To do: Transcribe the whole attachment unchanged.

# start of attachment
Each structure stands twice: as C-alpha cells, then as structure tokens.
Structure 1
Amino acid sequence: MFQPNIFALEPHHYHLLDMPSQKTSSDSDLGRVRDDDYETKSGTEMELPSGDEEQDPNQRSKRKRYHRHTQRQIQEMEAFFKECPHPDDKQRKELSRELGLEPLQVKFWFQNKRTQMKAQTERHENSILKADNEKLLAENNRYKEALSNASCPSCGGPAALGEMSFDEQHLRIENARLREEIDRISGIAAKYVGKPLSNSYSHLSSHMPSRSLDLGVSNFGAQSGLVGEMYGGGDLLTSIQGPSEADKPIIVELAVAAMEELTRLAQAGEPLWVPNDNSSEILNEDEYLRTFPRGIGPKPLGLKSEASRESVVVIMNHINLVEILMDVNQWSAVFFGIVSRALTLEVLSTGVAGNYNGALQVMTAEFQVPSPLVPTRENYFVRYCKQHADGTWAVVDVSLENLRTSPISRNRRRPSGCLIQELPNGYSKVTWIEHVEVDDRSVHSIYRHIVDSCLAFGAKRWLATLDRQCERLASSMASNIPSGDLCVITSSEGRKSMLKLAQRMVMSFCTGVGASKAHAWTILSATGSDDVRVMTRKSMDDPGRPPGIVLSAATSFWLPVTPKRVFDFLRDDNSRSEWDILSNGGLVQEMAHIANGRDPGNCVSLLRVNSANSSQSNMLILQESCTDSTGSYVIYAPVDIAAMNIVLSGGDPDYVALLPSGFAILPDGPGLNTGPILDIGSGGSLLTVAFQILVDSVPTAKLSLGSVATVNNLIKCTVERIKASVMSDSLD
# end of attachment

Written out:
Each structure stands twice: as C-alpha cells, then as structure tokens.
Structure 1
Amino acid sequence: MFQPNIFALEPHHYHLLDMPSQKTSSDSDLGRVRDDDYETKSGTEMELPSGDEEQDPNQRSKRKRYHRHTQRQIQEMEAFFKECPHPDDKQRKELSRELGLEPLQVKFWFQNKRTQMKAQTERHENSILKADNEKLLAENNRYKEALSNASCPSCGGPAALGEMSFDEQHLRIENARLREEIDRISGIAAKYVGKPLSNSYSHLSSHMPSRSLDLGVSNFGAQSGLVGEMYGGGDLLTSIQGPSEADKPIIVELAVAAMEELTRLAQAGEPLWVPNDNSSEILNEDEYLRTFPRGIGPKPLGLKSEASRESVVVIMNHINLVEILMDVNQWSAVFFGIVSRALTLEVLSTGVAGNYNGALQVMTAEFQVPSPLVPTRENYFVRYCKQHADGTWAVVDVSLENLRTSPISRNRRRPSGCLIQELPNGYSKVTWIEHVEVDDRSVHSIYRHIVDSCLAFGAKRWLATLDRQCERLASSMASNIPSGDLCVITSSEGRKSMLKLAQRMVMSFCTGVGASKAHAWTILSATGSDDVRVMTRKSMDDPGRPPGIVLSAATSFWLPVTPKRVFDFLRDDNSRSEWDILSNGGLVQEMAHIANGRDPGNCVSLLRVNSANSSQSNMLILQESCTDSTGSYVIYAPVDIAAMNIVLSGGDPDYVALLPSGFAILPDGPGLNTGPILDIGSGGSLLTVAFQILVDSVPTAKLSLGSVATVNNLIKCTVERIKASVMSDSLD